There are certain evolutionary constraints in carnivorans that have restricted the ways in which they can acquire herbivorousness. We should seek to overcome those constraints opening up different and complementary pathways for the transition to herbivory. Two of these key constraints are related to microbial digestion and jaw movement. Herbivorous carnivorans have more so compensated for these constraints rather than overcome them, but it would be far better to reduce any limitations for herbivorizing.
“In this study, we have shown that skull shape does correlate not only with feeding behaviour but also with phylogenetic legacy. As stated earlier, all the adaptations of the carnivoran skull towards herbivory have been interpreted as functional traits that allow exerting high bite forces and such traits are similar to those of the hypercarnivorous species that subdue large vertebrate prey (Christiansen & Wroe, 2007). At first sight, this fact seems to be counterintuitive if we do not pay attention to historical contingency.
All the herbivorous carnivorans evolved from a generalized carnivorous mammal (Van Valkenburgh, 2007), with a body plan early established in the phylogeny of Carnivora. Therefore, the remarkable morphological resemblance of the skull among the herbivorous carnivorans was most probably driven by extrinsic factors (e.g. natural selection) as well as by intrinsic ones (e.g. a shared developmental pathway) and the latter may have posed constraints (sensu Alberch, 1982) on the direction of skull shape evolution towards herbivory. Thus, the adaptations of herbivorous species for exerting high bite forces are constrained functional solutions that were reached in a process driven by natural selection within the set of possibilities allowed by phylogenetic legacy.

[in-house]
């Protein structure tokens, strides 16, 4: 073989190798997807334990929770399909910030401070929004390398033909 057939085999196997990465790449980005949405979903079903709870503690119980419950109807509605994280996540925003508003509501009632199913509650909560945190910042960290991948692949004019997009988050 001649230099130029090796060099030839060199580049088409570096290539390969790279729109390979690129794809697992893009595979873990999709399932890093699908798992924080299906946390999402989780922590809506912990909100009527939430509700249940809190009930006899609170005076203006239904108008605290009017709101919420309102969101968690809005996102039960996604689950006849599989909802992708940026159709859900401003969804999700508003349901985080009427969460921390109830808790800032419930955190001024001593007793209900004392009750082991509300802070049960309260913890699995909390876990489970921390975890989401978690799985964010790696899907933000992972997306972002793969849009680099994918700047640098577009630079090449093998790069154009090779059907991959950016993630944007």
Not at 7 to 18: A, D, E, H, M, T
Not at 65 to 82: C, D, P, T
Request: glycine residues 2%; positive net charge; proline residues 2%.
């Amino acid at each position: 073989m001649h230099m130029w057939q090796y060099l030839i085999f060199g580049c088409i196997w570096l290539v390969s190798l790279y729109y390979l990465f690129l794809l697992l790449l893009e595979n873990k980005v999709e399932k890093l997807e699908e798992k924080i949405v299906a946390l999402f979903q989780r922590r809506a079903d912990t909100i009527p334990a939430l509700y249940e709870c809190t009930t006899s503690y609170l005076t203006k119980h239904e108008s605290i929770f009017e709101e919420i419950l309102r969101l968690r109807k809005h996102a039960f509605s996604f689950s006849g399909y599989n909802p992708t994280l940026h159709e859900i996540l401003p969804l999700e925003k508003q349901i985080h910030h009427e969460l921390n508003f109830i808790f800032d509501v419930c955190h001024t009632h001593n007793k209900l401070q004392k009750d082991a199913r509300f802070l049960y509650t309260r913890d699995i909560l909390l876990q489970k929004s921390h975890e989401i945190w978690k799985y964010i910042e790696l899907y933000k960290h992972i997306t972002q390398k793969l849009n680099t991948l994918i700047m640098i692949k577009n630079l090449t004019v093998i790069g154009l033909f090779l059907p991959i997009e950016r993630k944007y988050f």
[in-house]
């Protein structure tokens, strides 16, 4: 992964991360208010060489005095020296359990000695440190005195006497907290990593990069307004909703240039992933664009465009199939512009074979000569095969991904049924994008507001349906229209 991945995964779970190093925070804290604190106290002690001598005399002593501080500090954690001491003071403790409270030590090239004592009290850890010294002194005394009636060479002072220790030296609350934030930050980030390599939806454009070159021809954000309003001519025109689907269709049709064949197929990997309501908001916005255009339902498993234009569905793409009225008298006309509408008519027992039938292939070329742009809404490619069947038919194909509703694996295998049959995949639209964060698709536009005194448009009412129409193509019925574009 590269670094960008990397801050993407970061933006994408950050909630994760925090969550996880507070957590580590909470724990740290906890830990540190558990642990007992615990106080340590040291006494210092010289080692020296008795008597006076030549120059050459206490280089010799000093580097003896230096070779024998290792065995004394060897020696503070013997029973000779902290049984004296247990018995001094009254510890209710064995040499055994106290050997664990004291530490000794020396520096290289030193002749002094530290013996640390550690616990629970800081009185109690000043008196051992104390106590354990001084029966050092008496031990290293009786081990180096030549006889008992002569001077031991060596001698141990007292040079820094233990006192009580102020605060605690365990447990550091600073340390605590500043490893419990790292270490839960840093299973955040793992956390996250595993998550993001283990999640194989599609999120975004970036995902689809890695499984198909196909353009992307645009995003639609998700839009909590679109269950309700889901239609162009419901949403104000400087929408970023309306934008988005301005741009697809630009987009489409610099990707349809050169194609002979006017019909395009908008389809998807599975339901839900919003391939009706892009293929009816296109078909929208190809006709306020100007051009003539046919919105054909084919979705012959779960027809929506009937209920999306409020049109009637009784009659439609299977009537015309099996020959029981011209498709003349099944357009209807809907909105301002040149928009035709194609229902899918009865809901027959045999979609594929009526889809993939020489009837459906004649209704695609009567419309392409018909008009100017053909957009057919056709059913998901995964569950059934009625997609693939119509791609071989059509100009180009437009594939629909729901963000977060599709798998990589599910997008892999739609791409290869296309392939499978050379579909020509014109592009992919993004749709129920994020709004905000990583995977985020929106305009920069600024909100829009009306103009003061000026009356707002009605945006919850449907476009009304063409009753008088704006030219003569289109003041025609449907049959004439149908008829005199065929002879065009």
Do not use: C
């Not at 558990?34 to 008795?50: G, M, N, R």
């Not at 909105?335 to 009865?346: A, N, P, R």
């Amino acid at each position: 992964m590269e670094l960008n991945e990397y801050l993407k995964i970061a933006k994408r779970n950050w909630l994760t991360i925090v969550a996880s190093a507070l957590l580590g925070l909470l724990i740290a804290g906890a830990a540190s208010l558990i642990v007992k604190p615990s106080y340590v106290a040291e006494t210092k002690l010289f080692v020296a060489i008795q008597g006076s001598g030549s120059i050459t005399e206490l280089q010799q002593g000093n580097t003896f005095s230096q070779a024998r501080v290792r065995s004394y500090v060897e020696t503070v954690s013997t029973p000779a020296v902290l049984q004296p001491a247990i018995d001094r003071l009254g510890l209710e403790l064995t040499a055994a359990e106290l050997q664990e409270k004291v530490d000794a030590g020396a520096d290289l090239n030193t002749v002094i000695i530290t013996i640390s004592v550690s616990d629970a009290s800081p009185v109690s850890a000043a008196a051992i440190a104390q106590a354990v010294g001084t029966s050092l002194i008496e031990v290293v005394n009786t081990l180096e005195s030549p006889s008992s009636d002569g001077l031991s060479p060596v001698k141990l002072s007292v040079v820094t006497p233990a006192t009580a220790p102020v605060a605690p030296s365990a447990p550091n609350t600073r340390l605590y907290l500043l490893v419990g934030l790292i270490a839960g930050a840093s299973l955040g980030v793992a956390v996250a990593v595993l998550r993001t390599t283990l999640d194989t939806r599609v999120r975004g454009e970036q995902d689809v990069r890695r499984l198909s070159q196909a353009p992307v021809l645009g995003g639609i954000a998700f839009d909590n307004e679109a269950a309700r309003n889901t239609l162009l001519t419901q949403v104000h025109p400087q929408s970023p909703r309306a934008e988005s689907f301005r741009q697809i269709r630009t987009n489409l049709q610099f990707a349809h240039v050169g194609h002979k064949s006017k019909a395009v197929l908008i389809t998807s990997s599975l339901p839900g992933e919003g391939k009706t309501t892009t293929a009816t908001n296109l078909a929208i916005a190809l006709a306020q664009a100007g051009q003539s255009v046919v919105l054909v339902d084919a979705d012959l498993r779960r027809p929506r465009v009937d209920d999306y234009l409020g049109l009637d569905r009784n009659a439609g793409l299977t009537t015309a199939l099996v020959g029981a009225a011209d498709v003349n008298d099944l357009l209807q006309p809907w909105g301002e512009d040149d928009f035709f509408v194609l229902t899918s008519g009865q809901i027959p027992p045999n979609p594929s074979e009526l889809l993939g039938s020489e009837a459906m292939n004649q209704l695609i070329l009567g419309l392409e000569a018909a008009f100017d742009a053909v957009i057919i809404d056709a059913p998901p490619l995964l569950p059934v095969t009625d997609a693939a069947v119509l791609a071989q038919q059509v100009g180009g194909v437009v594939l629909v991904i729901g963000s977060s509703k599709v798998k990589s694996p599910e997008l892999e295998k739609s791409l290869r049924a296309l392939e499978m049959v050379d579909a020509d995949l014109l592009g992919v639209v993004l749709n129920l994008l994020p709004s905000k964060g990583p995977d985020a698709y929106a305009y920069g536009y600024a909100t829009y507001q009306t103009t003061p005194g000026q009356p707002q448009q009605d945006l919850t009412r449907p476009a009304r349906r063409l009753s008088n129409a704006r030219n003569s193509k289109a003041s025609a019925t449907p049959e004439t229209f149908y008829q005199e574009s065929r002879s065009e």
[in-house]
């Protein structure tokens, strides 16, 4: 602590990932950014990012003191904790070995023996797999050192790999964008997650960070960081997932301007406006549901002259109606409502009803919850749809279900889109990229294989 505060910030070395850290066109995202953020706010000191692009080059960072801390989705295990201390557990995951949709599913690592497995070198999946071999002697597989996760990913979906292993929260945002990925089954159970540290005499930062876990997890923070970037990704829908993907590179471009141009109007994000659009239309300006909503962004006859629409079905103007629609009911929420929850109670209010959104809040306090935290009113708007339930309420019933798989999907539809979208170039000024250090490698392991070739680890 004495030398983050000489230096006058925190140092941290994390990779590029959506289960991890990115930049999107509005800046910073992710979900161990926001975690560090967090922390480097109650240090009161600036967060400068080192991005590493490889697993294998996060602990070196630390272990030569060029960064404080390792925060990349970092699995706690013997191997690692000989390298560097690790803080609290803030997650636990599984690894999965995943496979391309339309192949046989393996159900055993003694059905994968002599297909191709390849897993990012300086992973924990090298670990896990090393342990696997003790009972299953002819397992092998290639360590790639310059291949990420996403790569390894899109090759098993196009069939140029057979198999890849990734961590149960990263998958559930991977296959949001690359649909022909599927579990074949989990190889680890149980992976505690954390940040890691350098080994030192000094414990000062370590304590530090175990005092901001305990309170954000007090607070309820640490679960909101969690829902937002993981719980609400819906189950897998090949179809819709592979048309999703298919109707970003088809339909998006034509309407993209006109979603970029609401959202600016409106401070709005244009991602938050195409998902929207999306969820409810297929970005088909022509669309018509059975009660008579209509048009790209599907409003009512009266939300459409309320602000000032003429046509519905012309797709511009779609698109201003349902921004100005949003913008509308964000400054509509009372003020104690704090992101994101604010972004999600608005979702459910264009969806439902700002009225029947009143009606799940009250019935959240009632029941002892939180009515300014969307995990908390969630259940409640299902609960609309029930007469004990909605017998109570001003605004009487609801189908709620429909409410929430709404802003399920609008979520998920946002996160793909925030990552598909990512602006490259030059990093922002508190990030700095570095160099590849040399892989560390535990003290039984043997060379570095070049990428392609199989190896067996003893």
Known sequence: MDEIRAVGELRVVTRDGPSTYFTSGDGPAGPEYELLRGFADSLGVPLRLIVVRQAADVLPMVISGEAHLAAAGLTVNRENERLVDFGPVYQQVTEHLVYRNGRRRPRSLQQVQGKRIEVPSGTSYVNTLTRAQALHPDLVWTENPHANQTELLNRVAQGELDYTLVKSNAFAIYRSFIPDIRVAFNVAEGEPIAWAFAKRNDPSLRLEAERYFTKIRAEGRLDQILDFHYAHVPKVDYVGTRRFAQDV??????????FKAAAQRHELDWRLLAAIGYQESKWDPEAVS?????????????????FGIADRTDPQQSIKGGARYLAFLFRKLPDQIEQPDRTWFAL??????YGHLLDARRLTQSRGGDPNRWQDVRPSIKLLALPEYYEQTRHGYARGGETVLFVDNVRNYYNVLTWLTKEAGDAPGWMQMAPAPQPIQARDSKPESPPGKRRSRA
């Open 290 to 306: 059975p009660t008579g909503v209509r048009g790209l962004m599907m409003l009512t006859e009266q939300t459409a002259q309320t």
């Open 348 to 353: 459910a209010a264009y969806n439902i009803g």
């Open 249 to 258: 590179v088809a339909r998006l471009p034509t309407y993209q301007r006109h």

The herbivorous carnivorans retain the simple stomach (i.e. without a caecum) and short gastrointestinal tract typical of carnivores, in contrast to the chambered stomachs and complex intestinal morphologies of ruminants and other mammalian herbivores (Roberts & Gittleman, 1984; Schaller et al., 1985; Johnson et al., 1988; Bleijenberg & Nijboer, 1989; Reid et al., 1991).
Microbial digestion only plays a minor role in the digestive strategy of carnivorans, resulting in a low digestibility rate for cellulose and other complex carbohydrates (Wei et al., 1999, 2007; Senshu et al., 2007). Furthermore, all carnivores have a fixed temporomandibular joint (Ewer, 1973) which, together with their enlarged canine teeth, limits jaw movements to the vertical plane, with some lateral movements for grinding (Davis, 1964). This prevents the teeth from being occluded simultaneously for grinding tough foods, as in ungulates. As a result of these limitations, herbivorous carnivorans must eat huge quantities of food, which forces the development of the main muscles involved in mastication (i.e. masseter and temporalis), hence the capacity for exerting similar bite forces than those of carnivorous mammals that usually hunt prey much larger than themselves. The need in a carnivoran for high input moment arms for the temporalis and masseter muscles translates in the development of a long coronoid and an enlarged angular process, which precludes the development of a wide gape.
Constraints on digestive tract and craniomandibular morphology as a result of a basic body plan adapted to carnivory have resulted in a very different set of solutions in herbivorous carnivorans, compared to ungulates. Skull shape in herbivorous carnivorans evolved towards the capacity of exerting a high bite forces in a process that paralleled the evolution of hypercarnivores. The same adaptive solution (i.e. an increase in bite force) was taken for reaching two opposite feeding strategies (i.e. herbivory and hypercarnivory) through carnivoran evolution. This strongly suggests that not all possible adaptive solutions are under the domain of natural selection, which operates on the variability available by the phylogenetic legacy of each particular group."
Figueirido, B., F. J. Serrano-Alarcón, G. J. Slater, and P. Palmqvist. 2010. Shape at the cross-roads: homoplasy and history in the evolution of the carnivoran skull towards herbivory. J. Evol. Biol. 23:2579–2594.